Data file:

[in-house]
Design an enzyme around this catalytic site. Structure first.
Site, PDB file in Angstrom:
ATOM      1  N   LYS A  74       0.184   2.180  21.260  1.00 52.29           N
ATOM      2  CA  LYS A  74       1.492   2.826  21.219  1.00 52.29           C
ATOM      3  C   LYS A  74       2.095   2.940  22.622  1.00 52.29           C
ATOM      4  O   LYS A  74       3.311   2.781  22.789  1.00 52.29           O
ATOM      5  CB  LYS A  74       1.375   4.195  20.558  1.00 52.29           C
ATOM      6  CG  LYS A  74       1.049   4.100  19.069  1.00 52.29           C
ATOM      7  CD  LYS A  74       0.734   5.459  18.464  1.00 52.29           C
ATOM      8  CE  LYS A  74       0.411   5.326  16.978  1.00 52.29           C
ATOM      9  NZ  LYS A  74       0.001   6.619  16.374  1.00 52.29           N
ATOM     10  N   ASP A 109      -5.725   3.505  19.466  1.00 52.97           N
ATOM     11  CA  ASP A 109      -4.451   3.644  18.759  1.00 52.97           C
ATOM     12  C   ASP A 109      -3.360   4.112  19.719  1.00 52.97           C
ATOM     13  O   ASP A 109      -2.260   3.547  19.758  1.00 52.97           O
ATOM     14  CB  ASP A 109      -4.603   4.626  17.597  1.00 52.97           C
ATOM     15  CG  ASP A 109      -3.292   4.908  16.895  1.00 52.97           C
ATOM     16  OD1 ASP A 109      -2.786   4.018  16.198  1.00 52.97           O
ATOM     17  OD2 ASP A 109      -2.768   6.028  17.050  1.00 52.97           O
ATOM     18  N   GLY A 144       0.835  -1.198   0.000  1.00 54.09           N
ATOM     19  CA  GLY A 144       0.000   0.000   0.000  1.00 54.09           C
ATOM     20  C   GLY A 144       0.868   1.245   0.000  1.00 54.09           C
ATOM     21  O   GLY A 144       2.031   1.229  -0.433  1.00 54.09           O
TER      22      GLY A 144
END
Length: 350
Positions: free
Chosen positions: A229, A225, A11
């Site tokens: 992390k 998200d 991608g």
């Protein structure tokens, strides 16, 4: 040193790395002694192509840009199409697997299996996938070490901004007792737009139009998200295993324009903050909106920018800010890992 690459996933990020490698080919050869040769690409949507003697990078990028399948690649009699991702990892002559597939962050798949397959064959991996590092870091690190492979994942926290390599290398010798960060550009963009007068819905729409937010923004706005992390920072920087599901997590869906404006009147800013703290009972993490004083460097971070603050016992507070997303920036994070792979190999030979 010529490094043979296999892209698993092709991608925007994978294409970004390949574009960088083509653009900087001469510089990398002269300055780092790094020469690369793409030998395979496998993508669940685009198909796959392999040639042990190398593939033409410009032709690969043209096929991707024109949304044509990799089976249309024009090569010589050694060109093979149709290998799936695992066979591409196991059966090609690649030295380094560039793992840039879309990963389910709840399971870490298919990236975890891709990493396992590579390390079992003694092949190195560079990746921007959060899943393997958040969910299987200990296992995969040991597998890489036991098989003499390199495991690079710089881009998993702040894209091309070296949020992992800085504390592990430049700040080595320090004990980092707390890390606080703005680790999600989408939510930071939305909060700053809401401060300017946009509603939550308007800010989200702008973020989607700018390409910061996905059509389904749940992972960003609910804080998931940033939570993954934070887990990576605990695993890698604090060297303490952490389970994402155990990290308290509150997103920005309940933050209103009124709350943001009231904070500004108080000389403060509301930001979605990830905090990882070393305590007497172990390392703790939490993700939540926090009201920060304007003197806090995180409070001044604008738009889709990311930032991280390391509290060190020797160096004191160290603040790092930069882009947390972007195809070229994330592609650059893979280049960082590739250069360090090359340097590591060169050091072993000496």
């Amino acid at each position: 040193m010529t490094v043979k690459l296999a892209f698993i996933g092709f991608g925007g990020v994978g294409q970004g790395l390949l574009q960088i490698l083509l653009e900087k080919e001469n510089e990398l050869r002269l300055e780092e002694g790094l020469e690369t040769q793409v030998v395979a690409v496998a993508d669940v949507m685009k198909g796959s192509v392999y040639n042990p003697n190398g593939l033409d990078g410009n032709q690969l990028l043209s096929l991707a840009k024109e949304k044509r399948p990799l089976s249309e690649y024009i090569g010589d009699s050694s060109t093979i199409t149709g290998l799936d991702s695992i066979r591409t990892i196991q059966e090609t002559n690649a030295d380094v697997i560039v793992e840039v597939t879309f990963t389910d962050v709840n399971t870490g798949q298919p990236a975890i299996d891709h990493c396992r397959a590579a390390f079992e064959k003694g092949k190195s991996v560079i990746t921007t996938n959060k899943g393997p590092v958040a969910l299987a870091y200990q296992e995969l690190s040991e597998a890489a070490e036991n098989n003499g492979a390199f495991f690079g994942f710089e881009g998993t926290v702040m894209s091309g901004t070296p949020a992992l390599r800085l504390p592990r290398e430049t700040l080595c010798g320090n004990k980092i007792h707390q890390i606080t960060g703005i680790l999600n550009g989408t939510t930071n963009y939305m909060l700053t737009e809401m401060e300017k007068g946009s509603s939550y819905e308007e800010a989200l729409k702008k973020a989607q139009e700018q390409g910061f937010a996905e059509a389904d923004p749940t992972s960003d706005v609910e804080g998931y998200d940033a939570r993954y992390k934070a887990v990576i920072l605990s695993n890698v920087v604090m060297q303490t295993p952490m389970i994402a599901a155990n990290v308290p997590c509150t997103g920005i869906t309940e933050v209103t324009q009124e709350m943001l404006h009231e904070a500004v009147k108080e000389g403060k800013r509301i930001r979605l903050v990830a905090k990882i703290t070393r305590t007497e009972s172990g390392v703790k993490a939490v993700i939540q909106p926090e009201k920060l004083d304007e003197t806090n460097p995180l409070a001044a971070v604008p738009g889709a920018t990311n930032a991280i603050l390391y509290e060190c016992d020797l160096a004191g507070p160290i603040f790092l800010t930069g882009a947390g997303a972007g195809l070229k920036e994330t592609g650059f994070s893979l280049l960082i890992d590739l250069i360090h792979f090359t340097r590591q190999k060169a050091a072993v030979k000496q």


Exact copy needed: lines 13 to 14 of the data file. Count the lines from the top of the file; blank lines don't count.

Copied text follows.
ATOM     10  N   ASP A 109      -5.725   3.505  19.466  1.00 52.97           N
ATOM     11  CA  ASP A 109      -4.451   3.644  18.759  1.00 52.97           C